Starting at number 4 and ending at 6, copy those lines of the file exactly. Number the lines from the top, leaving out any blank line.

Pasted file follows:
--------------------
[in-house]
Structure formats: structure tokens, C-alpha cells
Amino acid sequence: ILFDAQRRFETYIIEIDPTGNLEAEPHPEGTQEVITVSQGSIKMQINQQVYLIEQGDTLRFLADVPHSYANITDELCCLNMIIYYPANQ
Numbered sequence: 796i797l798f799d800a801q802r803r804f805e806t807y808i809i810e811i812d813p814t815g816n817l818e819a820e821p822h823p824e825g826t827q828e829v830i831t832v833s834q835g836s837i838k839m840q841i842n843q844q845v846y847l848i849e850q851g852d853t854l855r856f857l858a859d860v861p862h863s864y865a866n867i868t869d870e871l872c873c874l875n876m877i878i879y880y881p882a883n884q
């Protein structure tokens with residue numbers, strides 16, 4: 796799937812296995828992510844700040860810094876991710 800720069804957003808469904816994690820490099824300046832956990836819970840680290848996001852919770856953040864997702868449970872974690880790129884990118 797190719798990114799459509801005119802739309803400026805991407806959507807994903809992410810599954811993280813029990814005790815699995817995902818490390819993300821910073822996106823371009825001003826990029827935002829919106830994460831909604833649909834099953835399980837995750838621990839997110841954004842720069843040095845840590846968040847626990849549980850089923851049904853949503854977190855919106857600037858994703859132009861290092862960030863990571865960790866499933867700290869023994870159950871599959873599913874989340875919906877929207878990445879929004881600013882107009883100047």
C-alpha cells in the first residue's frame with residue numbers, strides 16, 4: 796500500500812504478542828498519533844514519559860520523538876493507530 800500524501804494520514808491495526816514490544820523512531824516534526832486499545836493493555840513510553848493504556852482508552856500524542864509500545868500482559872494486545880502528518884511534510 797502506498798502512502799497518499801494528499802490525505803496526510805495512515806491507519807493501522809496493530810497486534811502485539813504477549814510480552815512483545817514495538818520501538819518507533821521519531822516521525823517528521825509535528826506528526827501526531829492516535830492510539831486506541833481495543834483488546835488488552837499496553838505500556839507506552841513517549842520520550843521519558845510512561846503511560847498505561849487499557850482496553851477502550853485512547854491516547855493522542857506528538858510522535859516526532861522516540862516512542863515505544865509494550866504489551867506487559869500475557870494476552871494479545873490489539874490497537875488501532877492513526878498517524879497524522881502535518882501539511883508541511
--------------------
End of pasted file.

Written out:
Numbered sequence: 796i797l798f799d800a801q802r803r804f805e806t807y808i809i810e811i812d813p814t815g816n817l818e819a820e821p822h823p824e825g826t827q828e829v830i831t832v833s834q835g836s837i838k839m840q841i842n843q844q845v846y847l848i849e850q851g852d853t854l855r856f857l858a859d860v861p862h863s864y865a866n867i868t869d870e871l872c873c874l875n876m877i878i879y880y881p882a883n884q
């Protein structure tokens with residue numbers, strides 16, 4: 796799937812296995828992510844700040860810094876991710 800720069804957003808469904816994690820490099824300046832956990836819970840680290848996001852919770856953040864997702868449970872974690880790129884990118 797190719798990114799459509801005119802739309803400026805991407806959507807994903809992410810599954811993280813029990814005790815699995817995902818490390819993300821910073822996106823371009825001003826990029827935002829919106830994460831909604833649909834099953835399980837995750838621990839997110841954004842720069843040095845840590846968040847626990849549980850089923851049904853949503854977190855919106857600037858994703859132009861290092862960030863990571865960790866499933867700290869023994870159950871599959873599913874989340875919906877929207878990445879929004881600013882107009883100047």
C-alpha cells in the first residue's frame with residue numbers, strides 16, 4: 796500500500812504478542828498519533844514519559860520523538876493507530 800500524501804494520514808491495526816514490544820523512531824516534526832486499545836493493555840513510553848493504556852482508552856500524542864509500545868500482559872494486545880502528518884511534510 797502506498798502512502799497518499801494528499802490525505803496526510805495512515806491507519807493501522809496493530810497486534811502485539813504477549814510480552815512483545817514495538818520501538819518507533821521519531822516521525823517528521825509535528826506528526827501526531829492516535830492510539831486506541833481495543834483488546835488488552837499496553838505500556839507506552841513517549842520520550843521519558845510512561846503511560847498505561849487499557850482496553851477502550853485512547854491516547855493522542857506528538858510522535859516526532861522516540862516512542863515505544865509494550866504489551867506487559869500475557870494476552871494479545873490489539874490497537875488501532877492513526878498517524879497524522881502535518882501539511883508541511